Many worthy proposals have been offered to address the campaign finance problem within the confines of the limits that the Supreme Court has imposed, and Free Speech For People endorses such efforts. But to address directly the problem and the threat it poses to our democracy, we must revisit the central assumptions that have guided the Court since 1976—that the paramount interests to be considered are those of donors, rather than voters; that money is, or deserves the same protections as, speech; and that the only basis on which the American people can seek to stem the flow of money into the political system is “corruption” (and in the Court’s even narrower current interpretation, only “quid pro quo” corruption).
Instead, we need to return to the following core principles:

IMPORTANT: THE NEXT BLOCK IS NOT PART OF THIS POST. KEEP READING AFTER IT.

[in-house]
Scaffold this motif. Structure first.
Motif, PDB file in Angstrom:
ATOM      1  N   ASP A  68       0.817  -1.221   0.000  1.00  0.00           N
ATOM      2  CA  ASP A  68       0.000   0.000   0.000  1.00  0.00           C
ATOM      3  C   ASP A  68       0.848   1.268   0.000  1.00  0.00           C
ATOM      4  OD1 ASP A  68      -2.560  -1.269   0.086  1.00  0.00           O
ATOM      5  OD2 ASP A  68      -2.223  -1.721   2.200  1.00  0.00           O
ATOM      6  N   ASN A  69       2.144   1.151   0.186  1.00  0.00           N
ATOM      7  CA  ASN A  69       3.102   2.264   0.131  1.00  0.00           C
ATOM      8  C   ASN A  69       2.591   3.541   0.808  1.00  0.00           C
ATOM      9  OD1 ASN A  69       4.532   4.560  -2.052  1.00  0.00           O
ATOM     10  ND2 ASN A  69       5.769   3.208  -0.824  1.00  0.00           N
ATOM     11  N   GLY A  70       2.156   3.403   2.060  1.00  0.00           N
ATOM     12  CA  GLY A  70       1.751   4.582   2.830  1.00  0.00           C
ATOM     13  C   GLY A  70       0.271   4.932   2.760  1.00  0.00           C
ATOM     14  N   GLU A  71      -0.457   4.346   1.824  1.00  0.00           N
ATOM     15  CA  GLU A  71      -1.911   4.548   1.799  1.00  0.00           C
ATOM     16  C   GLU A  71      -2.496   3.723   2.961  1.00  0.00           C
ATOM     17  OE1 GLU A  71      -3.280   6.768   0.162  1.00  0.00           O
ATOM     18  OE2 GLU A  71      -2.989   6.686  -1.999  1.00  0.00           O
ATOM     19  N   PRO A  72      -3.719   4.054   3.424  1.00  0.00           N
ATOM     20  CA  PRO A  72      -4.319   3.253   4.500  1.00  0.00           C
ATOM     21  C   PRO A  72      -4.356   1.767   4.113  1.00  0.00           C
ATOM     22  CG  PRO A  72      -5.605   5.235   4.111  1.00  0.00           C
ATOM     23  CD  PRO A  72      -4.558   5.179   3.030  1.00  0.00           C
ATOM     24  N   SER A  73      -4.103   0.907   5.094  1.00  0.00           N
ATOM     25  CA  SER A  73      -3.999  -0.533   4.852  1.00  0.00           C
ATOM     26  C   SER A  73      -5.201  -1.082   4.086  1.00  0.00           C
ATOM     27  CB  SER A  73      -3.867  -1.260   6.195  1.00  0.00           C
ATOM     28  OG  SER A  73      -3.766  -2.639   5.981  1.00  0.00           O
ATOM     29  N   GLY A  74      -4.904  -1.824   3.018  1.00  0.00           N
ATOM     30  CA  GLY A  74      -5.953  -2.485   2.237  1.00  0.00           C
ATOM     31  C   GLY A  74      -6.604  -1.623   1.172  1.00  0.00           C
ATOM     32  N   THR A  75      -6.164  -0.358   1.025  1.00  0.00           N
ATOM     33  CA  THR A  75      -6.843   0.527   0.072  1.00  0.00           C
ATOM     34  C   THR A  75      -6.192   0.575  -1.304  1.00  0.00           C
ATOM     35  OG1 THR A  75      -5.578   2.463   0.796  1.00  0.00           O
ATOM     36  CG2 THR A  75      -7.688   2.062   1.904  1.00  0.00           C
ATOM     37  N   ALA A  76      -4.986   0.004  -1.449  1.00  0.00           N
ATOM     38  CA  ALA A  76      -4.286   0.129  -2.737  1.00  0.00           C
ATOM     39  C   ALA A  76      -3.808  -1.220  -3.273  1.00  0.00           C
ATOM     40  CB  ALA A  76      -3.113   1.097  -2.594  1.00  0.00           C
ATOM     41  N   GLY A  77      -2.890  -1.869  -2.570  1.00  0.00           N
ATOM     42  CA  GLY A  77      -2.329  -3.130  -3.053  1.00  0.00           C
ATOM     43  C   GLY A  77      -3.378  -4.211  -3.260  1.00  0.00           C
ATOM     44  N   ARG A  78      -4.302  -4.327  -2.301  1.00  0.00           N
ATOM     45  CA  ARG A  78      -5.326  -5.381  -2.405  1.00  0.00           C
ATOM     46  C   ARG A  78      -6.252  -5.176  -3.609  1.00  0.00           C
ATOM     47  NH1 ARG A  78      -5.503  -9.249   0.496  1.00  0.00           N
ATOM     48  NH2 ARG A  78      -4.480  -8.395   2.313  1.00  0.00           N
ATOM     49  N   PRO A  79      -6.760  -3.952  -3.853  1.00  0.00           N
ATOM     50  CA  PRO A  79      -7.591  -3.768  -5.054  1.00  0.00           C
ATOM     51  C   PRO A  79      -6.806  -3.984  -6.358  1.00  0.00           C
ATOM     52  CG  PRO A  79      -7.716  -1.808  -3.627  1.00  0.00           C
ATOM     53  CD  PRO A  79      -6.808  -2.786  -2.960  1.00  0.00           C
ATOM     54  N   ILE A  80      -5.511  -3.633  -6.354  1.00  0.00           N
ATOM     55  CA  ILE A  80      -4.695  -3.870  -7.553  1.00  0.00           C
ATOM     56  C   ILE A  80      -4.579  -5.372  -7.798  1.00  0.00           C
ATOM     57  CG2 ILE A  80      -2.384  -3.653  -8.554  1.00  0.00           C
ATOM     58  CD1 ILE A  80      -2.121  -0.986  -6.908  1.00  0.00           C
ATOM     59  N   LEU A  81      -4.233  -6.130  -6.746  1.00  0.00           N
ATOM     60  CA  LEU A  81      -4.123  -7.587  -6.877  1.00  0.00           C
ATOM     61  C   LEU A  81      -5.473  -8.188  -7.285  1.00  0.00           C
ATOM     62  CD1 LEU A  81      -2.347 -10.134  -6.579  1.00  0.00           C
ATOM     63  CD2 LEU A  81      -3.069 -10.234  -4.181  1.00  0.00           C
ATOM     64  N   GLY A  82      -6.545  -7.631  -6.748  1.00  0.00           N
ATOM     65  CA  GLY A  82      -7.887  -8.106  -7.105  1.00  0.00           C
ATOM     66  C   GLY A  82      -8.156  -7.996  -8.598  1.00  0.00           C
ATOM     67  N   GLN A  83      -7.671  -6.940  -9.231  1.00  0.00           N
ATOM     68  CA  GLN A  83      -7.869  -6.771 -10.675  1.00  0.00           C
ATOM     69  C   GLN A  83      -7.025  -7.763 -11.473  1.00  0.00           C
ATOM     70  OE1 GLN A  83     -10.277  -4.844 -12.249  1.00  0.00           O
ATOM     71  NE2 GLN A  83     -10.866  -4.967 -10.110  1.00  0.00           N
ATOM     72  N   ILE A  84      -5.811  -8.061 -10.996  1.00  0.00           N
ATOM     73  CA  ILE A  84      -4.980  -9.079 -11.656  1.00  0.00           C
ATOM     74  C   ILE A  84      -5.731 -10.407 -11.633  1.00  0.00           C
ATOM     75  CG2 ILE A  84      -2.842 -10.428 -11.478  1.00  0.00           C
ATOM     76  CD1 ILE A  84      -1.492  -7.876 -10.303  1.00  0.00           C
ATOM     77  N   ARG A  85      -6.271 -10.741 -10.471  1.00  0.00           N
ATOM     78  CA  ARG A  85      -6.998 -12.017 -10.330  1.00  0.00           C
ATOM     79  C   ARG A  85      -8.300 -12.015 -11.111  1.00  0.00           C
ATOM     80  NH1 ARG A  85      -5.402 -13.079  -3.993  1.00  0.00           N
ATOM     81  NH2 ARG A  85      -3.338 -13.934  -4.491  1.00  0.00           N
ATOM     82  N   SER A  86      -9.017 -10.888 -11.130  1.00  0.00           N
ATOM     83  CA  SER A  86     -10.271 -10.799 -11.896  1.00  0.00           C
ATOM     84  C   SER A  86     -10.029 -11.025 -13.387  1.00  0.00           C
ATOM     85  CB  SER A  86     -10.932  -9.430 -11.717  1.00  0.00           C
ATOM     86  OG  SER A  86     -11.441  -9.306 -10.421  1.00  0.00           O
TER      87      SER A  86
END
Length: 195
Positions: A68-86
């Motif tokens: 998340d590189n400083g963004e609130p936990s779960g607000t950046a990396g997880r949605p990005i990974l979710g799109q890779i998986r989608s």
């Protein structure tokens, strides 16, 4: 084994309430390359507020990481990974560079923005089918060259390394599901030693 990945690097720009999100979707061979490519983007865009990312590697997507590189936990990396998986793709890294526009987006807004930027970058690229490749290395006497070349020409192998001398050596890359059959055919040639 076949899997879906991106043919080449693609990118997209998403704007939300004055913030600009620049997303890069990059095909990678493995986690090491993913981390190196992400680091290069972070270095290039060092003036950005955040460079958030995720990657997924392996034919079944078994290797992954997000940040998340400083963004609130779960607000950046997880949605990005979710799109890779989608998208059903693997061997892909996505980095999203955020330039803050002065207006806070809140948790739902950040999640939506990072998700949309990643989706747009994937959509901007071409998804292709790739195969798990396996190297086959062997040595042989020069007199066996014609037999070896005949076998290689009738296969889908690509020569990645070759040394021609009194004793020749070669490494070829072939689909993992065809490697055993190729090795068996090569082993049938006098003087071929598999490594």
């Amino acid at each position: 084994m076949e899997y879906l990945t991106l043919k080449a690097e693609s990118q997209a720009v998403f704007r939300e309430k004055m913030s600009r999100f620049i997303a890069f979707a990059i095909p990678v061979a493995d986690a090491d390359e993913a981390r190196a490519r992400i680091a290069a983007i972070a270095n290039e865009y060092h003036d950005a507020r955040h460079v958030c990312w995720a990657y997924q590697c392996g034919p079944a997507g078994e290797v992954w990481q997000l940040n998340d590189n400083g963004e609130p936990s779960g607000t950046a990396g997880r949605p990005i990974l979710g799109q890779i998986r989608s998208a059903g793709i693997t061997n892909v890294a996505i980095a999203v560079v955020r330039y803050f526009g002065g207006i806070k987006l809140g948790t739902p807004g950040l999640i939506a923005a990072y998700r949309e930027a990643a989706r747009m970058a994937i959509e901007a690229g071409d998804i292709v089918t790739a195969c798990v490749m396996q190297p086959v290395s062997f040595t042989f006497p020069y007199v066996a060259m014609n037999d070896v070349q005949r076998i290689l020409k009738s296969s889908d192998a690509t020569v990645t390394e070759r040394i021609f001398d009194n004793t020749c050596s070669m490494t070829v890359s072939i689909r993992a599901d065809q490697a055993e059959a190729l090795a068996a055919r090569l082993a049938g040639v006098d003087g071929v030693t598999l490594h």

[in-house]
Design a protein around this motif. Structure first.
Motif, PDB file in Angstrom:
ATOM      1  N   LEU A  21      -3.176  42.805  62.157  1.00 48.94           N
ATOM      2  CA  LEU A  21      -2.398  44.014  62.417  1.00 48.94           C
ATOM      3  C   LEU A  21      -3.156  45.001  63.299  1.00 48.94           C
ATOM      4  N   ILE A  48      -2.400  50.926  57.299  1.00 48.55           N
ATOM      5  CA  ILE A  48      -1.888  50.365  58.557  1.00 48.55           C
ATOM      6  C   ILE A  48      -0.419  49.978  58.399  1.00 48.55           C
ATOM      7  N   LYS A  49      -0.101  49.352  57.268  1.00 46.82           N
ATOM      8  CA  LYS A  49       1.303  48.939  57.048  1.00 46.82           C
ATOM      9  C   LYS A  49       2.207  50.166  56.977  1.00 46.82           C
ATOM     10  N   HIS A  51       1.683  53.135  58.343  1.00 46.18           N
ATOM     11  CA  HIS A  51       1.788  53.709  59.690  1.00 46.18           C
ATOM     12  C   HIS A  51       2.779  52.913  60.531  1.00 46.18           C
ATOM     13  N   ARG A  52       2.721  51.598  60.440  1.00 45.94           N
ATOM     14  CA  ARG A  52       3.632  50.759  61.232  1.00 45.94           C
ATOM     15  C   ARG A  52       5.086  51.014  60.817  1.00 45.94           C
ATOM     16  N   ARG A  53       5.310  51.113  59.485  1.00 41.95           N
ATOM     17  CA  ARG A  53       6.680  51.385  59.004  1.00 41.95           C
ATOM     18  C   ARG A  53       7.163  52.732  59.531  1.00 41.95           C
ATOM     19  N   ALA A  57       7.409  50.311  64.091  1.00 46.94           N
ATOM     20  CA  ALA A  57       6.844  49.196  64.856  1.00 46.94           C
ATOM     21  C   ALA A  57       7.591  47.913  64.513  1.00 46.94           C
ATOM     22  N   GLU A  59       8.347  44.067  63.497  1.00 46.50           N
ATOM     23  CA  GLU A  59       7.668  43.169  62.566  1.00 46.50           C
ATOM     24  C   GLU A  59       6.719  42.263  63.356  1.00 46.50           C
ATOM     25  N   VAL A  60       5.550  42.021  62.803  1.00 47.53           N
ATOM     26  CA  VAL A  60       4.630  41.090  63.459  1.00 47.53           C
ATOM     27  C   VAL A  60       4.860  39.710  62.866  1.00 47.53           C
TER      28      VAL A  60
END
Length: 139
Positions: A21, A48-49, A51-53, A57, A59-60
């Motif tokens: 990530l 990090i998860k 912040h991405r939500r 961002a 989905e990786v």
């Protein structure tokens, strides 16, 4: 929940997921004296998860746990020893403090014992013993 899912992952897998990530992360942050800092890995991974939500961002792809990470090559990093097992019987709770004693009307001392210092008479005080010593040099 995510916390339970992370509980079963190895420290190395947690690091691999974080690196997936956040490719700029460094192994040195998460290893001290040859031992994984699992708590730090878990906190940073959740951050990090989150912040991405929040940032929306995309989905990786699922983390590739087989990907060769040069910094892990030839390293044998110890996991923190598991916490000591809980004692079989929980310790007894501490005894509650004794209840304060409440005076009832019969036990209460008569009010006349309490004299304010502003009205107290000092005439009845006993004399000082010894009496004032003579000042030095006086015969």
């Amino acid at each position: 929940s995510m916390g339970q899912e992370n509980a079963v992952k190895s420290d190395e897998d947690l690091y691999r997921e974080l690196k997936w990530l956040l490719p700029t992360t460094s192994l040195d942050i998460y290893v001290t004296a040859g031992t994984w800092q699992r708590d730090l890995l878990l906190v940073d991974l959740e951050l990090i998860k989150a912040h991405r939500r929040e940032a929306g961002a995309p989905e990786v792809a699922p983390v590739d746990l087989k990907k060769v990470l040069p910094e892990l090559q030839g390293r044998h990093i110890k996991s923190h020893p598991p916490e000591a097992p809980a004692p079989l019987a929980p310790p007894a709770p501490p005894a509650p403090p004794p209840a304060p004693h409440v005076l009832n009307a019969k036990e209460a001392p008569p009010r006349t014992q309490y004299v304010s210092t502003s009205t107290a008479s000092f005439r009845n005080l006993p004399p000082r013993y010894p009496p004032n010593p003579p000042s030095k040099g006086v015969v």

One person, one vote. More than fifty years ago, the Supreme Court declared that “[t]he conception of political equality from the Declaration of Independence, to Lincoln’s Gettysburg Address, to the Fifteenth, Seventeenth, and Nineteenth Amendments can mean only one thing—one person, one vote.” Few dispute this principle today. But our present system of campaign finance, in which a small number of wealthy donors have far greater influence on most politicians than the vast majority of ordinary Americans, subverts this principle. To be sure, at an official voting station, a captain of industry has the same vote as any other citizen. But in the period before Election Day—and, in today’s era of “permanent campaigns,” it is always before the next Election Day—wealthy donors (many of whom are not even constituents) exert far greater influence than ordinary voters.